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HeatherY

@Zubbie15- We left the morning of Feb 16th so we just missed you!!

Thanks for your comments on the pics. I haven’t even looked at my husband’s so I guess I’m technically only halfway through as well. LOL

And I’m glad to hear some of the info is useful. 

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SharonD

Enjoying your report. As a future safari first-timer, I am enjoying all,the details.

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Julian

Lots of nice photos and information in your report.

You  are certainly not late doing your report, I like to do detailed reports and I rarely complete mine until a year has passed since my trip, and for various reasons the delay has increased.

I still have trip reports from September 2022 and June 2023 to produce - which will still get done - eventually!

 

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HeatherY

Porini Mara, Oliver Kinyei Conservancy

Our flight from Nanyuki left late morning and landed at Ol Seki Airstrip in Naibosho Conservancy (our stop was the third on this flight). Our guides, Stanley and Dalton, met us at the airstrip and transferred us directly to camp.  The other guests were just finishing lunch, but they had a table and lunch ready for us when we arrived. Joseph was the camp manager and very welcoming and helpful. We had the usual camp briefing after lunch and then had time to familiarize ourselves with the surroundings before our evening game drive.  The schedule was similar to the other camps, and easy to settle into the rhythm. 

 

Guides - Stanley and Dalton were very good and on par with what we were beginning to expect from the Porini guides.  Extremely knowledgeable,  with the ability to spot and identify the animals we saw, sharing as much detail as we wanted to take in.  

 

Game Drives - You generally can’t do game drives in a conservancy unless you’re staying there, however Porini guests staying in Ol Kinyei are also able to do game drives in the neighbouring Naibosho Conservancy (I’m not sure if it’s just Porini or other camps in Ol Kinyei). We had great sightings in both areas. Lions were plentiful and sightings included cubs, lion with a kill, and even a “quickie” mating session. We saw a cheetah with four cubs, but sadly, from what I’ve read since coming home, it sounds like only two of the four survived.  We were lucky to have seen a dik dik that didn’t dart off to the bushes the second we came upon it! We also saw our first Topi here (they are striking!). And of course lots of giraffes, zebras, warthogs, jackals, hyenas, wildebeest and birds as well. We didn’t see as many elephants as the previous two camps … I believe there’s a lower number in this area, but they were still seen. 

When it came time for sundowners, if we happened to be enjoying a sighting, we had the option to stay with them and have our sundowners and snacks in the jeep, which of course we did! 

We did a night drive and saw a fair amount, but what I found really interesting was turning off the engine, sitting quietly and just listening to the movement and animal sounds around us. 
All drives, with the exception of maybe one or two, were with another couple, but we never had more than 4 guests in the jeep at any one time.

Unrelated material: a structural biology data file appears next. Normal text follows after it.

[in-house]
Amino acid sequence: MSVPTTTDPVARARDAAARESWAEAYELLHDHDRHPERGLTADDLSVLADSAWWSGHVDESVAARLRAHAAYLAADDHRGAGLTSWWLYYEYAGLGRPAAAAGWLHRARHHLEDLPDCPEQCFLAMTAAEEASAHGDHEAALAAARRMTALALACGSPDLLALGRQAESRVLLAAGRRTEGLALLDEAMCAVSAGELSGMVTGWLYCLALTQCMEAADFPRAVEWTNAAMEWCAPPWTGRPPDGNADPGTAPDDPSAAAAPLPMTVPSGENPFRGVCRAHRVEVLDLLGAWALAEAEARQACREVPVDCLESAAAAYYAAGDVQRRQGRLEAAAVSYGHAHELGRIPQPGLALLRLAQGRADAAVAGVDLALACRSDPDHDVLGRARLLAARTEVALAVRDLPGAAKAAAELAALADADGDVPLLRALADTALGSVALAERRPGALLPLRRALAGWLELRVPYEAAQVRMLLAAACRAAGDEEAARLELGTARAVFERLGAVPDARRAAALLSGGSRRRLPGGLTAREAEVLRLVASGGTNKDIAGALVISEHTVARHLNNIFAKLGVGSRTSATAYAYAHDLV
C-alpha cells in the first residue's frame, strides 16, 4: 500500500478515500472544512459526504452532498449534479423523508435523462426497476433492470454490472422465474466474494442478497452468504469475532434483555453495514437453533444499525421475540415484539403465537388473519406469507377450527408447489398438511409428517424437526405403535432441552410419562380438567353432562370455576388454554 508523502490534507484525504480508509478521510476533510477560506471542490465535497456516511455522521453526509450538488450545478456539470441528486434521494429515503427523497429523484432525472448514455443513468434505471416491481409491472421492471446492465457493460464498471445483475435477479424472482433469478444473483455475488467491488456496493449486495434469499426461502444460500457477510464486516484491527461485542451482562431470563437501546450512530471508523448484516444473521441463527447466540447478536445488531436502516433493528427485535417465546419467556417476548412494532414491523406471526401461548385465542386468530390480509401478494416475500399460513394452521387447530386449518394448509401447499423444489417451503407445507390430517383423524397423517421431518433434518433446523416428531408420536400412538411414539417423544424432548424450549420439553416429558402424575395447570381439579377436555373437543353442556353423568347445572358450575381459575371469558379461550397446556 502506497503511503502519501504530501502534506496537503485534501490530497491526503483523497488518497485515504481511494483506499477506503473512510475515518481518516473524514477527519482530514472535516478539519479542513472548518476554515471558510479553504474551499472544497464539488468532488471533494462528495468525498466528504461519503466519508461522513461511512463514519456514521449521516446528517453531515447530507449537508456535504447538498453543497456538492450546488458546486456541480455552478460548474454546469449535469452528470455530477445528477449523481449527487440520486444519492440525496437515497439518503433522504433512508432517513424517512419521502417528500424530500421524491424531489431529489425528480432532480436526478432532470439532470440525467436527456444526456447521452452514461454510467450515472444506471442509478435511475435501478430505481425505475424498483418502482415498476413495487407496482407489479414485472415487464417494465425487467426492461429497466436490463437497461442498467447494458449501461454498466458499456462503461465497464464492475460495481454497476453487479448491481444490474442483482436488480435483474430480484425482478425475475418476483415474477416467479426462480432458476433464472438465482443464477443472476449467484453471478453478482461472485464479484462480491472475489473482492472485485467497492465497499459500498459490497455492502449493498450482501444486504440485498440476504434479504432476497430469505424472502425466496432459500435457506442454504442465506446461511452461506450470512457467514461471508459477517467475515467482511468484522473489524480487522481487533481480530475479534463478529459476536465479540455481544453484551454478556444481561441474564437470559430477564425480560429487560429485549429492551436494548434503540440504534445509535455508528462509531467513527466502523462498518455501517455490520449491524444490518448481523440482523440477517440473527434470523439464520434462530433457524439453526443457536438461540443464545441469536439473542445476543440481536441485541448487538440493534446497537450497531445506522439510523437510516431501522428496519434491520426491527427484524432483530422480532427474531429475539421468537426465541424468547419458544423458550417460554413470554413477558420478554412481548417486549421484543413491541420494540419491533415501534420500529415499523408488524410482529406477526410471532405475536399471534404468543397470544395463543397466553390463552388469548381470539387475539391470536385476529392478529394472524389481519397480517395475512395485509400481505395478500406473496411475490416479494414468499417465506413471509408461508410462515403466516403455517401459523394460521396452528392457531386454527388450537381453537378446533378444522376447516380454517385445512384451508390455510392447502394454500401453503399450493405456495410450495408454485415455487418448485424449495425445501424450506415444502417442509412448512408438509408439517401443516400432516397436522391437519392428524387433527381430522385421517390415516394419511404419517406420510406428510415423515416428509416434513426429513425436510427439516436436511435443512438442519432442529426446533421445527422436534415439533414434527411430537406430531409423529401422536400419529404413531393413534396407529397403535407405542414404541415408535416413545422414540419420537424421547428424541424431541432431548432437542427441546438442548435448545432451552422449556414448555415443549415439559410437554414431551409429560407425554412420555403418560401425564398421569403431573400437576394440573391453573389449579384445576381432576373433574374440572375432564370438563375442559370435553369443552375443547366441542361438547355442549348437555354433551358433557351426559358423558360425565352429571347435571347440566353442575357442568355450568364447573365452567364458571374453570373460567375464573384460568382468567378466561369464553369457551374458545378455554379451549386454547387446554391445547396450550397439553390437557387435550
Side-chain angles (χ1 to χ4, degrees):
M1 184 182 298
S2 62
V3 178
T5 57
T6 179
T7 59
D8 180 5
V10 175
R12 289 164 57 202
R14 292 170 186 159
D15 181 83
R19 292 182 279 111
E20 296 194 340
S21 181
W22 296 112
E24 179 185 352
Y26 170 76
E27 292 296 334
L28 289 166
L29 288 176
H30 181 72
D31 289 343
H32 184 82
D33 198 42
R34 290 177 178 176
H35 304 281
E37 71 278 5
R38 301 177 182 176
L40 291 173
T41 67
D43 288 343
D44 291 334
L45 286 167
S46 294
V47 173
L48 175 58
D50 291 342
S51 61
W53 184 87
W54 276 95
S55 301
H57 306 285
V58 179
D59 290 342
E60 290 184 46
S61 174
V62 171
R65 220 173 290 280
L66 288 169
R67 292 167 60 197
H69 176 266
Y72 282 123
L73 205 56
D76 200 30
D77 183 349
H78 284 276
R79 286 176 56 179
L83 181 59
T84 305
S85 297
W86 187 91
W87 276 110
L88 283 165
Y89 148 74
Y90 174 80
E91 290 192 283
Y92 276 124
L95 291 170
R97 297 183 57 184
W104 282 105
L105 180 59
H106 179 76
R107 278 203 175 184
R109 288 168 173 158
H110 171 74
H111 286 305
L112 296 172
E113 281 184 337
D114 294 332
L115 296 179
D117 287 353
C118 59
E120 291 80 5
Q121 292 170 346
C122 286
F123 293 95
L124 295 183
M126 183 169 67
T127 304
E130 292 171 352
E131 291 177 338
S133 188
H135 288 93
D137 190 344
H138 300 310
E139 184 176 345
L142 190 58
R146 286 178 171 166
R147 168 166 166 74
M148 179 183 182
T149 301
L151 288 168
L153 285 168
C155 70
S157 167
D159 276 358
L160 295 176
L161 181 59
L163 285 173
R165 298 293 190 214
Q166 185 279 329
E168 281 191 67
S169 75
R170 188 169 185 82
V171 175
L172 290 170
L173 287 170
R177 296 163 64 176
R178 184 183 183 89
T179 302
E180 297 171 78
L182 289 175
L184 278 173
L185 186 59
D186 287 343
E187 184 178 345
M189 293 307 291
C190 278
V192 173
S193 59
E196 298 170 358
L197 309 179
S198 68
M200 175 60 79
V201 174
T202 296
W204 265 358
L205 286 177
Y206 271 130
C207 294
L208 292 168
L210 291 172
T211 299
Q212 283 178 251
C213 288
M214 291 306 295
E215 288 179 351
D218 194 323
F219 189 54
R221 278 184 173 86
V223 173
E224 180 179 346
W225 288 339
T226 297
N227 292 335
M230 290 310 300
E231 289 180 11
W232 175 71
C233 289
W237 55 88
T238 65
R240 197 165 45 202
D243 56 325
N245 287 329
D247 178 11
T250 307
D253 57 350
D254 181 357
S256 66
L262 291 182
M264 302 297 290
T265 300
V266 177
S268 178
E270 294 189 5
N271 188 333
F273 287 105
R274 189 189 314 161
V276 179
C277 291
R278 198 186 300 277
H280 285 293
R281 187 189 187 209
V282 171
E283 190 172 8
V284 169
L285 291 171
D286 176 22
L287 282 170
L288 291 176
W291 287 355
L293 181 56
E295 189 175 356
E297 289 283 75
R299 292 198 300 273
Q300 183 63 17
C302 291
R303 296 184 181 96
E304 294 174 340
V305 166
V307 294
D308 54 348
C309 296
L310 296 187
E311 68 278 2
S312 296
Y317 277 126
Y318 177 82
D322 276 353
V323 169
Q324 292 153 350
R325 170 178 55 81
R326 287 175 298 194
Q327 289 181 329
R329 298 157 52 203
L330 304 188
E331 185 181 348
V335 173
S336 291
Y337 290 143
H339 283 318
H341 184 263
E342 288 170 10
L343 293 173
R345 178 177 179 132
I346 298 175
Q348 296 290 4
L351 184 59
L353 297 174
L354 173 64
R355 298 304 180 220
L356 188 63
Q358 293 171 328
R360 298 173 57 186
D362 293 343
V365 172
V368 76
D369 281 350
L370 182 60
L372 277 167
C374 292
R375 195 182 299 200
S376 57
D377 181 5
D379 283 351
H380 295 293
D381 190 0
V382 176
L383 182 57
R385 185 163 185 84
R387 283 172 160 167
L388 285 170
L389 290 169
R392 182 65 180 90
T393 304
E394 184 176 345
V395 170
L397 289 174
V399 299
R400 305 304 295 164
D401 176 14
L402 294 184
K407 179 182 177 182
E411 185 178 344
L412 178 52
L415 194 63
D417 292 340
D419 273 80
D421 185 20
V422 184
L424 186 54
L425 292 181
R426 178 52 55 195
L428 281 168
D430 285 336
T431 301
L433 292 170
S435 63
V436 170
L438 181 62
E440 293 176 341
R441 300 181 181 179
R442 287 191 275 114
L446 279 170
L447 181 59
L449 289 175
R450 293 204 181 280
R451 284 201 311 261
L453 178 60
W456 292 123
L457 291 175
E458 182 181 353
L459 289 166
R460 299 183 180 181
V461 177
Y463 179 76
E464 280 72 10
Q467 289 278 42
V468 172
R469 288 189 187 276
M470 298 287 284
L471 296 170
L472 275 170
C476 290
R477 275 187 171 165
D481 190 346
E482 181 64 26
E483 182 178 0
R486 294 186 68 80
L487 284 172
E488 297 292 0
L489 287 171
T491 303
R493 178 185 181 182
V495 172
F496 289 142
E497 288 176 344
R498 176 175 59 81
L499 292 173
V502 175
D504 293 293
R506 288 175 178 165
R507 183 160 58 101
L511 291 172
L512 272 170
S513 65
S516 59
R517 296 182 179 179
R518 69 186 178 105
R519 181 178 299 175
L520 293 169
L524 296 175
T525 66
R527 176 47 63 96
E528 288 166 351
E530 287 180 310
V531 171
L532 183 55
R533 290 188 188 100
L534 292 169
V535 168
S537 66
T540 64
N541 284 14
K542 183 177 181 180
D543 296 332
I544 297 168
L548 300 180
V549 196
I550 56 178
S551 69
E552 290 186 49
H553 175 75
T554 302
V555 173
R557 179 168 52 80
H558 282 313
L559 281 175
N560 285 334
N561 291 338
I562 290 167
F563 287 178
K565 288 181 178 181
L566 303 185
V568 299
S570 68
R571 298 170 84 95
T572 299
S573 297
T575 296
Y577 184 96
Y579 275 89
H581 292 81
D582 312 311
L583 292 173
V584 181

The Camp -   We absolutely loved this camp and plan to stay here again when we return to Kenya. With just 6 tents, it has a much more intimate feel. And the location is fantastic! The added benefit is you’re able to recharge your devices directly in your tent.  In the other camps, we charged in the office or media tents - not an issue but the convenience of having it in your own tent is nice.  The food was once again excellent, and consistent to what we had at the other camps. Lunch was generally buffet style, and dinner was served. Seating was in groups of two tables, fairly well separated from each other. For the days we were there, one large group took up almost half the camp, and they kept to themselves during meals and when socializing, so I’m not sure if the tables were set up to accommodate them or if this was the usual set up.  The camp staff were wonderful, and always accommodating and available whenever we wanted or needed something.  Despite having one group separate and quite independent, it was very much a family atmosphere for the rest of us, and guests and staff all interacted very well.  Everything about this camp was wonderful!

 

Weather - We had no rain and the temperatures were ideal (for us). A little cooler in the morning and evenings where you would probably want a sweater, and daytime temperatures I’d estimate to be in the mid to high 20’s. 

 

Balloon Ride - We had booked a hot air balloon ride and this was planned for our first full day at Porini Mara.  The balloon rides are done in the Masai Mara Reserve, and despite this camp being further than Porini Lion, the person we worked with at Gamewatchers suggested we book to go from this location. In the event our scheduled balloon flight had to be cancelled for any reason, this would likely leave room for us to rebook for when we were at Lion Camp.  We started out at 4:00am and it was just the two of us from our camp. Transport to and from was coordinated by the balloon company, so wasn’t with our Porini guides.  The vehicle was also a more closed-in type of safari vehicle. For the drive to the reserve, it was fine since there wasn’t much to see at that time of morning.  However, following the balloon ride, you have a game drive in the reserve, and this type of vehicle really makes you appreciate Porini’s vehicles!  For us, the sightings in the reserve paled by comparison to what we saw in the conservancies, and we were quite happy to return to camp.  Others said they saw quite a bit, so it may have just been where our driver had taken us.